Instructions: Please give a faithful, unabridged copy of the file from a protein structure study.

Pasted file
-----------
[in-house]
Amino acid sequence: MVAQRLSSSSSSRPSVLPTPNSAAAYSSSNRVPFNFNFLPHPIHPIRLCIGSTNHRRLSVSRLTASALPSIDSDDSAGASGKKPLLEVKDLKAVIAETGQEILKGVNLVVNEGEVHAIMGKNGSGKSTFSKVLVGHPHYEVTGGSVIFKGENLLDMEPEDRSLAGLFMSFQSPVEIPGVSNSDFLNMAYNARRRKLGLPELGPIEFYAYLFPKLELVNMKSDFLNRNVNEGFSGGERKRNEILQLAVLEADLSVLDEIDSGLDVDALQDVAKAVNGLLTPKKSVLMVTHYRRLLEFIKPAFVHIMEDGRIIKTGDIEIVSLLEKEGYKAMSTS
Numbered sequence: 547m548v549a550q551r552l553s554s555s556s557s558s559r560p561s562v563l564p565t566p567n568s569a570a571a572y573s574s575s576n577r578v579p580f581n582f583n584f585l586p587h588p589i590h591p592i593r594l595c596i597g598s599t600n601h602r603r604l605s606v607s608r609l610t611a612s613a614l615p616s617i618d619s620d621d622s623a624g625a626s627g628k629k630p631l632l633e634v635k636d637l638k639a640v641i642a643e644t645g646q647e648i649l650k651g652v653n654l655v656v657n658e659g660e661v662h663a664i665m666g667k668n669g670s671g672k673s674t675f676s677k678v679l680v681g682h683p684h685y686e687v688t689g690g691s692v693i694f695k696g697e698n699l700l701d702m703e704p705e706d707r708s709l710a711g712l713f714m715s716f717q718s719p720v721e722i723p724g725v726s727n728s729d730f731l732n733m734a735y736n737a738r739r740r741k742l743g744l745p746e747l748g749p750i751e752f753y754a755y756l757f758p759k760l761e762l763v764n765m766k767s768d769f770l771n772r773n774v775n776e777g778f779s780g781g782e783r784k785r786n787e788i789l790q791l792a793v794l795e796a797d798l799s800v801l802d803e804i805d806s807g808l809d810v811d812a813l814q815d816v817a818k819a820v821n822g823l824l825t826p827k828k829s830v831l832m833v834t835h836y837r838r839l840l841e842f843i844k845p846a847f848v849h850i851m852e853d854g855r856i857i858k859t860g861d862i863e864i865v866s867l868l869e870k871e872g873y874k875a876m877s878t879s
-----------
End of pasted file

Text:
[in-house]
Amino acid sequence: MVAQRLSSSSSSRPSVLPTPNSAAAYSSSNRVPFNFNFLPHPIHPIRLCIGSTNHRRLSVSRLTASALPSIDSDDSAGASGKKPLLEVKDLKAVIAETGQEILKGVNLVVNEGEVHAIMGKNGSGKSTFSKVLVGHPHYEVTGGSVIFKGENLLDMEPEDRSLAGLFMSFQSPVEIPGVSNSDFLNMAYNARRRKLGLPELGPIEFYAYLFPKLELVNMKSDFLNRNVNEGFSGGERKRNEILQLAVLEADLSVLDEIDSGLDVDALQDVAKAVNGLLTPKKSVLMVTHYRRLLEFIKPAFVHIMEDGRIIKTGDIEIVSLLEKEGYKAMSTS
Numbered sequence: 547m548v549a550q551r552l553s554s555s556s557s558s559r560p561s562v563l564p565t566p567n568s569a570a571a572y573s574s575s576n577r578v579p580f581n582f583n584f585l586p587h588p589i590h591p592i593r594l595c596i597g598s599t600n601h602r603r604l605s606v607s608r609l610t611a612s613a614l615p616s617i618d619s620d621d622s623a624g625a626s627g628k629k630p631l632l633e634v635k636d637l638k639a640v641i642a643e644t645g646q647e648i649l650k651g652v653n654l655v656v657n658e659g660e661v662h663a664i665m666g667k668n669g670s671g672k673s674t675f676s677k678v679l680v681g682h683p684h685y686e687v688t689g690g691s692v693i694f695k696g697e698n699l700l701d702m703e704p705e706d707r708s709l710a711g712l713f714m715s716f717q718s719p720v721e722i723p724g725v726s727n728s729d730f731l732n733m734a735y736n737a738r739r740r741k742l743g744l745p746e747l748g749p750i751e752f753y754a755y756l757f758p759k760l761e762l763v764n765m766k767s768d769f770l771n772r773n774v775n776e777g778f779s780g781g782e783r784k785r786n787e788i789l790q791l792a793v794l795e796a797d798l799s800v801l802d803e804i805d806s807g808l809d810v811d812a813l814q815d816v817a818k819a820v821n822g823l824l825t826p827k828k829s830v831l832m833v834t835h836y837r838r839l840l841e842f843i844k845p846a847f848v849h850i851m852e853d854g855r856i857i858k859t860g861d862i863e864i865v866s867l868l869e870k871e872g873y874k875a876m877s878t879s